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Sight Words and Highfrequency Words

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Sight Words and Highfrequency Words

Sight words and high-frequency words are necessary for early readers to learn because these are the words used most often in reading; these words account for 60% of most print. Sight words are a part of vocabulary that are immediately recognized in their entirety rather than requiring word analysis. By teaching children these words by sight saves them the trouble of attempting to sound them out; this is helpful because many of these words do not follow regular phoneme patterns, such as: some and are. Some other examples of sight and high-frequency words are: the, that, him, and also.

Children are exposed to sight words and high-frequency words everyday, whether it is at home, in the classroom, or reading signs on the street. These words are also best exposed through literacy. Reading children’s books is one of the most successful ways for children to learn these important words. Since most first graders are unable to read an entire book indepently, reading to them numerous times a day or week can be beneficial in teaching them sight and high-frequency words. The leading types of books for doing this are predictable books, caption books, and label books.

Students learn patterns in context plus vocabulary through reading predictable books. A few examples of predictable books are: If You Give a Mouse a Muffin by Laura Numeroff, Chicken Soup with Rice by Maurice Sendak, and Brown Bear, Brown Bear by Bill Martin. After reading a book such as Brown Bear, Brown Bear you could make a worksheet that involves children’s comprehension of the literacy used. For example you could have your students fill in these blanks, “Brown Bear, ____________ Bear What Do You See? I see a ___________ bird looking at me.” You can also use caption books, and label books in this way to benefit your students learning of sight words and high-frequency words. Although when using these books, it is important to make sure that your children are not just looking at the pictures or memorizing the text. You can assess them on this by covering up the pictures and showing them the words. Remember your goal as a teacher is for your students to become independent readers.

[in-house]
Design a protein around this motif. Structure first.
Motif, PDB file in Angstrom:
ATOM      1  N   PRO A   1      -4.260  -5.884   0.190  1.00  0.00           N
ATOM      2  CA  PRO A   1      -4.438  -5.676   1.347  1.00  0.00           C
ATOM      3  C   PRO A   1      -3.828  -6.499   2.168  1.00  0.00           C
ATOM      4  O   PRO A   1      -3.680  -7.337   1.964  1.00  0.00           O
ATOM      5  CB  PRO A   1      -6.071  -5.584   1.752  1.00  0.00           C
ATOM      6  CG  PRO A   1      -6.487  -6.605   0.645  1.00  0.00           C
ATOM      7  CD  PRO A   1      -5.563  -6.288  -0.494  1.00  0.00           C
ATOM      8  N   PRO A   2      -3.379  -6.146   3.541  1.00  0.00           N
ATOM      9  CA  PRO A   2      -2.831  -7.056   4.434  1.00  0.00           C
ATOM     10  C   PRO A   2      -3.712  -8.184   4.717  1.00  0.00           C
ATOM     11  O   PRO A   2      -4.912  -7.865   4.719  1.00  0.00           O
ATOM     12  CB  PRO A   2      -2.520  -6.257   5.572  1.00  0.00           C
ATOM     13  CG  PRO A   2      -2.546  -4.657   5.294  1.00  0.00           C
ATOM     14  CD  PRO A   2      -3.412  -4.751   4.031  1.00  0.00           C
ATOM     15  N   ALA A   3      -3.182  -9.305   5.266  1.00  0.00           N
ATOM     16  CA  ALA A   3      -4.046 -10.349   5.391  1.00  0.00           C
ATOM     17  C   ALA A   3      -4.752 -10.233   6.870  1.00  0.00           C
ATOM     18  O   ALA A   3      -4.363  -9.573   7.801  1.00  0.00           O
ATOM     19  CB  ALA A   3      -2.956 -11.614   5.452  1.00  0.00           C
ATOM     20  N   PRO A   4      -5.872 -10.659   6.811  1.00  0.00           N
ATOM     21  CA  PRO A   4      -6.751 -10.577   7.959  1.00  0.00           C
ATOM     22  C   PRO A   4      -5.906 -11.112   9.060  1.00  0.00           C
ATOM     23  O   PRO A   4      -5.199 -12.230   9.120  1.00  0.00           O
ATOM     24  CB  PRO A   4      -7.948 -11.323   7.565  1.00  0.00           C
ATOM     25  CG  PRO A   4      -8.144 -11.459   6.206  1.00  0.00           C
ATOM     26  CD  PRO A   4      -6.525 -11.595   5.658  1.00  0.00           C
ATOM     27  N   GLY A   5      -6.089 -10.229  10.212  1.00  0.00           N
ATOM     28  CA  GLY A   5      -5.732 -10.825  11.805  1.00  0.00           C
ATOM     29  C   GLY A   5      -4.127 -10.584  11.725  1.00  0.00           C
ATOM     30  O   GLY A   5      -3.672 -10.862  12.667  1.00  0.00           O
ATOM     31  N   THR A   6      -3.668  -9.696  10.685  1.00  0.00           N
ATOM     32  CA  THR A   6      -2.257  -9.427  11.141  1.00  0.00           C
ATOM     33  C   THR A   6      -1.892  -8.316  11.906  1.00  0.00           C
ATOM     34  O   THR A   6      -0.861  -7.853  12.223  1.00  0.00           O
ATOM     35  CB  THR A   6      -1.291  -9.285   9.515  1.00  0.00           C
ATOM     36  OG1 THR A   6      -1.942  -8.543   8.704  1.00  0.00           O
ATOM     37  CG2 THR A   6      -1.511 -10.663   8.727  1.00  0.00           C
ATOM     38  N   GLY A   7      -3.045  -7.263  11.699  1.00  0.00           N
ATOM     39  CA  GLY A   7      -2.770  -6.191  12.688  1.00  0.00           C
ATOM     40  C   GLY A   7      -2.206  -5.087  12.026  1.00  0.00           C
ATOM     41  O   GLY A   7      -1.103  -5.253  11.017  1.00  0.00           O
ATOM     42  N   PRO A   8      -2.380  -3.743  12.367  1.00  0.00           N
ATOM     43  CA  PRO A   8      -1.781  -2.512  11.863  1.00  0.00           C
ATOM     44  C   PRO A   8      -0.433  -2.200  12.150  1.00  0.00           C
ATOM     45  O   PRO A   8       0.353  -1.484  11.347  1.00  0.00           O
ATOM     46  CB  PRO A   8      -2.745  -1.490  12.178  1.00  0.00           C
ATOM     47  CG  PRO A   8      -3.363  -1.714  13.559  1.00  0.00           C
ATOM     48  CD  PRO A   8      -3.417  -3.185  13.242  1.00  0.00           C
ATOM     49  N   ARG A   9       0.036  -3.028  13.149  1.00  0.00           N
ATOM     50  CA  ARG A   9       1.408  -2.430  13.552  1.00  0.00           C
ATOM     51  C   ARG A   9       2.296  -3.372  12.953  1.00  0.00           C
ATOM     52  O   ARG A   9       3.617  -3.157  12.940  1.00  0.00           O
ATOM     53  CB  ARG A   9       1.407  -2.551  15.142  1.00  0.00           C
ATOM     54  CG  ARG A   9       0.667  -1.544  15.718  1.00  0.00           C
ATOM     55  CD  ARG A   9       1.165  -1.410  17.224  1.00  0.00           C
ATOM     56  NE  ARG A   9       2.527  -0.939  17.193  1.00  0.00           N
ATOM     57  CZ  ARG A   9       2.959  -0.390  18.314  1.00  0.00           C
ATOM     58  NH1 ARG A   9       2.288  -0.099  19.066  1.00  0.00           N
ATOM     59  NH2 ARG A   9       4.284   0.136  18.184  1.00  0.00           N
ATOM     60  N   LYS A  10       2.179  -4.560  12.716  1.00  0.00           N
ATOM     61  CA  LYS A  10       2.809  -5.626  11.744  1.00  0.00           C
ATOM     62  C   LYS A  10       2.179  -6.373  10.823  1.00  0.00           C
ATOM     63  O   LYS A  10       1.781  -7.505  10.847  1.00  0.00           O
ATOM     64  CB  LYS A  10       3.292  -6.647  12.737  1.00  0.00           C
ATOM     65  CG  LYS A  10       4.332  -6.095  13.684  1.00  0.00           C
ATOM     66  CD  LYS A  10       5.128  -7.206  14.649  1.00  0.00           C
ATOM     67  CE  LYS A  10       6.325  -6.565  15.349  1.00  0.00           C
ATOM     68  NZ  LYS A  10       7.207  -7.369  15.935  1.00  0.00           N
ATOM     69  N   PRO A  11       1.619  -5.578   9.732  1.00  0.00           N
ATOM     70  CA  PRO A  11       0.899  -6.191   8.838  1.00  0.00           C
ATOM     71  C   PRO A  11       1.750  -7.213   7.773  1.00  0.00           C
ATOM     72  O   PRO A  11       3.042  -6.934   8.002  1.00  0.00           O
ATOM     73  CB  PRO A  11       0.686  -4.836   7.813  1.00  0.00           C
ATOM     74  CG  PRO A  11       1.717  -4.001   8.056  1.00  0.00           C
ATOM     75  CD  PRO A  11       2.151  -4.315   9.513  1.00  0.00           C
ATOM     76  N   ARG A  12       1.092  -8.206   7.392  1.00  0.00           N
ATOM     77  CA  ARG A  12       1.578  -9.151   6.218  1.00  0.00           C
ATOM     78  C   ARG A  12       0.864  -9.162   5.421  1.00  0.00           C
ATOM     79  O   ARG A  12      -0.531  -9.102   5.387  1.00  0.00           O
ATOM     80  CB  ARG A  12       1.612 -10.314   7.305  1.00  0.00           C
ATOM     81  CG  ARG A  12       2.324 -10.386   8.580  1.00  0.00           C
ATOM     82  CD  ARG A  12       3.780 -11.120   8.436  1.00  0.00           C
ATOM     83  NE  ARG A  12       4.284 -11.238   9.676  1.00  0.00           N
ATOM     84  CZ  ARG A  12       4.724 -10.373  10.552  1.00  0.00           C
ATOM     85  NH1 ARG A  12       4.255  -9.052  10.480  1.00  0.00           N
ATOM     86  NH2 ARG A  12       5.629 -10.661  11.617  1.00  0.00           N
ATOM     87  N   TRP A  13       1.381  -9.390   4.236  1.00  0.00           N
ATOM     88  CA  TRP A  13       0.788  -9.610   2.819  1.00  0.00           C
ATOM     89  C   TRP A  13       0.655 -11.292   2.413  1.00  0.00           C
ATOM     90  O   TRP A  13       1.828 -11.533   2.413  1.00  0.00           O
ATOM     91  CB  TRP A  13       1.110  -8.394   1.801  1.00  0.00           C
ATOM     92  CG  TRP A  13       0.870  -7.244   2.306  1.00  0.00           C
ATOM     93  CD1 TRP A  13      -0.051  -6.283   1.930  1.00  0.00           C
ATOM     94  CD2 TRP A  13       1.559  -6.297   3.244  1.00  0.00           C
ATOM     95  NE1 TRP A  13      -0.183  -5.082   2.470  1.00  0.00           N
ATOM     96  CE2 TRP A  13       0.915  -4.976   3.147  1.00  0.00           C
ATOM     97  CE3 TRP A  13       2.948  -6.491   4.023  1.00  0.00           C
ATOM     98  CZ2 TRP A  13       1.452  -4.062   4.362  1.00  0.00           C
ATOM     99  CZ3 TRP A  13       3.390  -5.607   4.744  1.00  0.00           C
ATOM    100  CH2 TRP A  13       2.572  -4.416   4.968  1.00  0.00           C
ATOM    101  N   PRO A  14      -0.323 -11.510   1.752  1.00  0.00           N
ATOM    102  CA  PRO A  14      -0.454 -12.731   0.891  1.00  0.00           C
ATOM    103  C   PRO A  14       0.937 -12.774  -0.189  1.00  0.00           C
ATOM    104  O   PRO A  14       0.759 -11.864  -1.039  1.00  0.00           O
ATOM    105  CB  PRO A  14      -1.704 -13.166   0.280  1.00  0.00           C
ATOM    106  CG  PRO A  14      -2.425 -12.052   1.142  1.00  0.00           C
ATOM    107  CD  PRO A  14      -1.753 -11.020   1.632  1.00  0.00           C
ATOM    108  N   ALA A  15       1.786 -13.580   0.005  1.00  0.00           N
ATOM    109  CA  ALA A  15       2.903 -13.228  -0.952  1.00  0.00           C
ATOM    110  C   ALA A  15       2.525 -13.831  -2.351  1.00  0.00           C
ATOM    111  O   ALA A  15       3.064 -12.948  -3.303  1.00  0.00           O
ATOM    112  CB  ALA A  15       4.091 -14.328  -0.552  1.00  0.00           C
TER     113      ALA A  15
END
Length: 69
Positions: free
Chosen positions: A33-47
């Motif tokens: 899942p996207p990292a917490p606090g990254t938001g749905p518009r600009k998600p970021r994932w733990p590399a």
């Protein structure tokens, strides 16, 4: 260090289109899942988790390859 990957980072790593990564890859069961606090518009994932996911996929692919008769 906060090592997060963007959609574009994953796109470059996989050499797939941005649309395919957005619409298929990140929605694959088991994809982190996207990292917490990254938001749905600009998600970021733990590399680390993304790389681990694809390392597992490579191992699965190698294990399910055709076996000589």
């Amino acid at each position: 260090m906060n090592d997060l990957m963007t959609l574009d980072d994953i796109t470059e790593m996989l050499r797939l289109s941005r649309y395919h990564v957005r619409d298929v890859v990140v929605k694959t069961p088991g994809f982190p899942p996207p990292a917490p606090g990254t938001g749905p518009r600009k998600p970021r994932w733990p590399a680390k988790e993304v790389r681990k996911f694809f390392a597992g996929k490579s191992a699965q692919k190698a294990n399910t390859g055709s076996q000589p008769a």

When teaching these words, they should be taught together in isolation and in context.
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